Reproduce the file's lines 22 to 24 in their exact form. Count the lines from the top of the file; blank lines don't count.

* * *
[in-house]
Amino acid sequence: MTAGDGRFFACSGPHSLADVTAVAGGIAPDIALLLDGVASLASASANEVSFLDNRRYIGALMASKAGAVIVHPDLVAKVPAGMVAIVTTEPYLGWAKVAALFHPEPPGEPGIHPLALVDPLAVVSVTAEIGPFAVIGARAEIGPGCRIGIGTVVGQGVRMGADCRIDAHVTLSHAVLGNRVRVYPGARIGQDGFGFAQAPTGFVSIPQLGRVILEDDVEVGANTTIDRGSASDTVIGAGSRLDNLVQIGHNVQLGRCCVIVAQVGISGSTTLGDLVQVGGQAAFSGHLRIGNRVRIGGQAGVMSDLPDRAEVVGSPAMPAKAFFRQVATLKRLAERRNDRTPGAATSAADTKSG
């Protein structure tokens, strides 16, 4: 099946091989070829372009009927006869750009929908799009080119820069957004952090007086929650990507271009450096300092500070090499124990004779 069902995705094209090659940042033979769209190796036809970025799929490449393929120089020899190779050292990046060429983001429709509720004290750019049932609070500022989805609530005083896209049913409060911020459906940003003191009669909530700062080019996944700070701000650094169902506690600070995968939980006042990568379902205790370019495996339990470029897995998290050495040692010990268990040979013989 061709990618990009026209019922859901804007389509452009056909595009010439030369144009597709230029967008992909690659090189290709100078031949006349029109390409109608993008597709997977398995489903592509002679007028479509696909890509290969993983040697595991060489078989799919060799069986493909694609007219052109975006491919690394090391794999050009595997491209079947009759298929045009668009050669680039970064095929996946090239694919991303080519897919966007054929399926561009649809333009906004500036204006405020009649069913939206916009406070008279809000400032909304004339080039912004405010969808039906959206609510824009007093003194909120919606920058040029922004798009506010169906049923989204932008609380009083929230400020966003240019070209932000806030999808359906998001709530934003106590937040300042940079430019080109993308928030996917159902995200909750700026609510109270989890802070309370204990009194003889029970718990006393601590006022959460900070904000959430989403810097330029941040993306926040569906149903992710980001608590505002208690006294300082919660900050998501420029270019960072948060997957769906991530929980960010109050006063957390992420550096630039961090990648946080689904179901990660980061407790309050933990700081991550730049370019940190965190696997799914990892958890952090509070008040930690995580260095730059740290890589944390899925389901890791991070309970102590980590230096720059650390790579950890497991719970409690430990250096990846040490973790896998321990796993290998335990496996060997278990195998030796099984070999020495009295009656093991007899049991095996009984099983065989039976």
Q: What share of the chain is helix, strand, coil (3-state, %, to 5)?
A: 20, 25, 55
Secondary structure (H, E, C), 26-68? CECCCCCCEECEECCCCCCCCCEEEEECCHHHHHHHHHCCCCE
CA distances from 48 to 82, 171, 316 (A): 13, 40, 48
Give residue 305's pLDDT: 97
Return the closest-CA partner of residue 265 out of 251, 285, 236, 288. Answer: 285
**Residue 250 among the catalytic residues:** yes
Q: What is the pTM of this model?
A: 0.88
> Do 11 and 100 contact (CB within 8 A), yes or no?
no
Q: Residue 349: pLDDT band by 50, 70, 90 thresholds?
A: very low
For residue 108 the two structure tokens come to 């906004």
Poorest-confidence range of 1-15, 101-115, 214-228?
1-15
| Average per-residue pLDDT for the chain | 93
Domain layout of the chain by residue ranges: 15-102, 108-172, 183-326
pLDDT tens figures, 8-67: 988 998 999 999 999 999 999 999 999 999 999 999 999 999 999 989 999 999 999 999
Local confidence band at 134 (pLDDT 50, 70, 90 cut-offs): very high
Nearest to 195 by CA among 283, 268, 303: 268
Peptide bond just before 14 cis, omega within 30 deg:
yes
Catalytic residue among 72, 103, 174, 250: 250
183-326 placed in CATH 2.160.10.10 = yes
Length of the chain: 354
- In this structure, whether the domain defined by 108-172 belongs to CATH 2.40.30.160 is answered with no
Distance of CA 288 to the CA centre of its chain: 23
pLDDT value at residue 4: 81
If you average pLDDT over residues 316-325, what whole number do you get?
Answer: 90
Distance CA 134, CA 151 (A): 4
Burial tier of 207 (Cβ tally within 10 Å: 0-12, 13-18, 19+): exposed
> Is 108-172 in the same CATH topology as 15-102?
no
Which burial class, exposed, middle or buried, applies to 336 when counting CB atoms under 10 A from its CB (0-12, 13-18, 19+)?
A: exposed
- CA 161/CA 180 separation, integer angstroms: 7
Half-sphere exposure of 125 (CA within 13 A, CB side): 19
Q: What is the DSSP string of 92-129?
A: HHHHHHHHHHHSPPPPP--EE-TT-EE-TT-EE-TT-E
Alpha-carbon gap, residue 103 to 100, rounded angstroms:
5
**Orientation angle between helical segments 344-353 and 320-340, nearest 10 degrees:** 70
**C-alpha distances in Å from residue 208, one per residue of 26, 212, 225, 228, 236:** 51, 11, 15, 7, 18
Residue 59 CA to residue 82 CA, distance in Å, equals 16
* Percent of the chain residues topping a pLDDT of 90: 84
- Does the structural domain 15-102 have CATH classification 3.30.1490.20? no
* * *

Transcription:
pLDDT tens figures, 8-67: 988 998 999 999 999 999 999 999 999 999 999 999 999 999 999 989 999 999 999 999
Local confidence band at 134 (pLDDT 50, 70, 90 cut-offs): very high
Nearest to 195 by CA among 283, 268, 303: 268